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What is Piracy?

Intellectual property theft, or piracy, involves illegally taking the trade secrets or proprietary products of third parties. However, the advent of the internet has blurred the line between what constitutes theft and what is simply easier access to books, movies, and music, so it is not uncommon for defendants who are charged with piracy to have not even been aware that their conduct was unlawful. For help defending yourself against piracy or theft charges, please contact a federal crime attorney who can assist you.

Defining Piracy 

Most charges of intellectual property theft involve allegations of the unauthorized taking or copying of protected material, including music, books, and movies. This area of the law can be confusing because there are actually a number of different federal statutes that address piracy and prohibit a wide range of activities. For instance, the No Electronic Theft Act (NET) makes it unlawful to distribute materials, such as songs, video games, movies, and software without authorization. Unlike other similar laws, a person does not need to have gained a monetary benefit from the distribution to be prosecuted. However, whether a person can be charged with violating this statute depends on whether he or she:

  • Downloaded or uploaded content worth at least $1,000; or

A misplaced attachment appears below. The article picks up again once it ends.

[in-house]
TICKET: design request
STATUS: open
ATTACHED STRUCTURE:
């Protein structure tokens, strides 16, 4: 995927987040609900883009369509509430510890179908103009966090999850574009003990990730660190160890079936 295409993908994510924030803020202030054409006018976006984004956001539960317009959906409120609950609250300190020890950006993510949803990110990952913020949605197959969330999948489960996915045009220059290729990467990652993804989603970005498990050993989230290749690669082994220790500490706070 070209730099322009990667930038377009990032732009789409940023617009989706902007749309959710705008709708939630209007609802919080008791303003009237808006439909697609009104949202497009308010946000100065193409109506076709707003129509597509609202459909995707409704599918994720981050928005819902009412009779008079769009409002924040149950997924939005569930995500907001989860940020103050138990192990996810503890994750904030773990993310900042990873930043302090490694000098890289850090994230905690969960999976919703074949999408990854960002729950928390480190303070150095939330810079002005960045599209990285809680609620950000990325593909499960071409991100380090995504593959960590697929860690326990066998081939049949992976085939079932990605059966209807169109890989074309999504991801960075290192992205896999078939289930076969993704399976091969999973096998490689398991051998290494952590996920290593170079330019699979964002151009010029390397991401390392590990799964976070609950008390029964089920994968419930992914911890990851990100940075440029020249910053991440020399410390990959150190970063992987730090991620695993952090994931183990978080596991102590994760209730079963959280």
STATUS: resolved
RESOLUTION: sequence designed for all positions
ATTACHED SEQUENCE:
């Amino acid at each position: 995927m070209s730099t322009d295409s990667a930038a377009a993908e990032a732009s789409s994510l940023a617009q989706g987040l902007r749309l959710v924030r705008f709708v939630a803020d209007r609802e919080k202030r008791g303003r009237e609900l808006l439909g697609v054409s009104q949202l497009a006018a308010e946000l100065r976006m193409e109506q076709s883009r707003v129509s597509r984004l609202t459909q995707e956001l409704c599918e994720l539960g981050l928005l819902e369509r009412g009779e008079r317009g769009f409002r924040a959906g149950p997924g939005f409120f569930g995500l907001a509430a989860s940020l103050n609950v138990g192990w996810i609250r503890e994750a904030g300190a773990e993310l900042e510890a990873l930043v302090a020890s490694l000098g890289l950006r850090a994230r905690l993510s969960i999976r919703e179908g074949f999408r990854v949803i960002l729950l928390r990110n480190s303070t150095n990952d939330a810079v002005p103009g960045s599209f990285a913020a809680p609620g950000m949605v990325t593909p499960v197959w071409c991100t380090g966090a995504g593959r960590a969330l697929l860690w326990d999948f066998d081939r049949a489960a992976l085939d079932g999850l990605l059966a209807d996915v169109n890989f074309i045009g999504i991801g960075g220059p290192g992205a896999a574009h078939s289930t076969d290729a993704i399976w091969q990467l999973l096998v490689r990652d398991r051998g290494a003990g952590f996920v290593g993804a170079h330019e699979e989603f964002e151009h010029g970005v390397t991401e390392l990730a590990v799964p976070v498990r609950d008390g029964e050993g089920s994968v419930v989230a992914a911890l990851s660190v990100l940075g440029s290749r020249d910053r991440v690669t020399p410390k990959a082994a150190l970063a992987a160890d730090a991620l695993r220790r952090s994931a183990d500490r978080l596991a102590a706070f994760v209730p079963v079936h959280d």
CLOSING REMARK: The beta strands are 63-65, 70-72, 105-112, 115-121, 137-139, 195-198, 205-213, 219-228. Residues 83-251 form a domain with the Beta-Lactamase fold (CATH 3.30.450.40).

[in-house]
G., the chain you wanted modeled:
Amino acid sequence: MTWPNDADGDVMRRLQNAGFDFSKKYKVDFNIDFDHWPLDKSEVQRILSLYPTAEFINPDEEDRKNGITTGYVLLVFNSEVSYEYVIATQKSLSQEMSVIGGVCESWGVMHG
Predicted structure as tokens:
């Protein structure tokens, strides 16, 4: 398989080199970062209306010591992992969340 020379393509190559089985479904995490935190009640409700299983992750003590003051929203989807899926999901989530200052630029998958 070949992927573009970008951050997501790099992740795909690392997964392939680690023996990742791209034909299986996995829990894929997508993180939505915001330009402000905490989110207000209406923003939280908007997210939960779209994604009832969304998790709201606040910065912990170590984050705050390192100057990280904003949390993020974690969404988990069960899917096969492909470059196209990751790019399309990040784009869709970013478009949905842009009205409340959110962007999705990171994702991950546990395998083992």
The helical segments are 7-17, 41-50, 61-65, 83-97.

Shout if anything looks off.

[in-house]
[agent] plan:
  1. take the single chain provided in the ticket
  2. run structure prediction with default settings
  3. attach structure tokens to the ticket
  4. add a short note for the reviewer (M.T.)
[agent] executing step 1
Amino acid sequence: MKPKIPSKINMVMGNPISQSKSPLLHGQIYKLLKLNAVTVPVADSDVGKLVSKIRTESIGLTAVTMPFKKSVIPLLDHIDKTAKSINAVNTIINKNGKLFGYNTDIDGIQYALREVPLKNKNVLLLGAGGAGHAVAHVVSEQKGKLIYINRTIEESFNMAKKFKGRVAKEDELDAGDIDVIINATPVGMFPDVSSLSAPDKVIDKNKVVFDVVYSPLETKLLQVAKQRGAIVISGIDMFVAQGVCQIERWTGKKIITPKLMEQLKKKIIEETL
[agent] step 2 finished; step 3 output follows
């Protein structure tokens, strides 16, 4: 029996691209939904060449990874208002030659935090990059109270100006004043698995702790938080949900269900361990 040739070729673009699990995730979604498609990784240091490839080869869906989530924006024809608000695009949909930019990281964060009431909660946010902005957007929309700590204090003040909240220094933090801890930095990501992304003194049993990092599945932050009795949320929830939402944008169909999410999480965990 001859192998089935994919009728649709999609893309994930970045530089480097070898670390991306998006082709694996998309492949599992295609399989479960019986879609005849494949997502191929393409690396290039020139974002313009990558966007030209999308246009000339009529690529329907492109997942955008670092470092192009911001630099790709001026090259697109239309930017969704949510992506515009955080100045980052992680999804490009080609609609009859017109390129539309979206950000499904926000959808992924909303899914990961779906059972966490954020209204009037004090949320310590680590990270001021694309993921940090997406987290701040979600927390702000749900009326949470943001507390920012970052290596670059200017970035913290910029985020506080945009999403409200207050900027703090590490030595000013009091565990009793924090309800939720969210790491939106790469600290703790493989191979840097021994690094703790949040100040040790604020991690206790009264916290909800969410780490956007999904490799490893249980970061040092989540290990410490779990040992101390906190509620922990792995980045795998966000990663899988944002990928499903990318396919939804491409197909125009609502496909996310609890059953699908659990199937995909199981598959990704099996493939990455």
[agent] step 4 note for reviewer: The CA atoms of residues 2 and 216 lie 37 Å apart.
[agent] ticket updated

• Copied at least ten versions of copyrighted material over a 180 day period and upon distribution, made a profit of at least $2,500.

Unfortunately, even those who don’t fall under one of these categories can be charged with piracy if they are accused of any of the following acts:

  • Downloading unauthorized versions of copyrighted material from a file-sharing service;
  • Downloading or uploading copyrighted music on peer-to-peer networks;
  • Transferring copyrighted music using an instant messaging service;
  • Copying music using a mobile application or stream ripping software;
  • Reproducing copyrighted material without authorization; and
  • Unlawfully distributing or digitally transmitting copyrighted material.

It can often be difficult to differentiate what type of behavior is considered theft when it comes to online material. For instance, the law permits users to download and stream music from websites that have been authorized by the owners of the songs. Unfortunately, many websites that seem legitimate actually aren’t, which puts anyone who uses the sites at risk of prosecution. Similarly, the law doesn’t criminalize copying music onto Audio CD-R’s, digital tapes, and mini-discs, as royalties have already been paid on these products. However, it is still considered unlawful to copy music onto these mediums for commercial purposes. Those who are accused of this type of activity face felony charges, which are punishable by up to five years imprisonment and fines of $250,000.

Call Today for Help with Your Case 

If you have been accused of piracy or violating an intellectual property law, you need the advice of an experienced attorney. For help understanding and defending yourself against your own charges, please call dedicated Miami federal crime lawyer Jeffrey S. Weiner, P.A. at (305) 670-9919 Initial consultations are conducted free of charge, so please don’t hesitate to call or contact us online.

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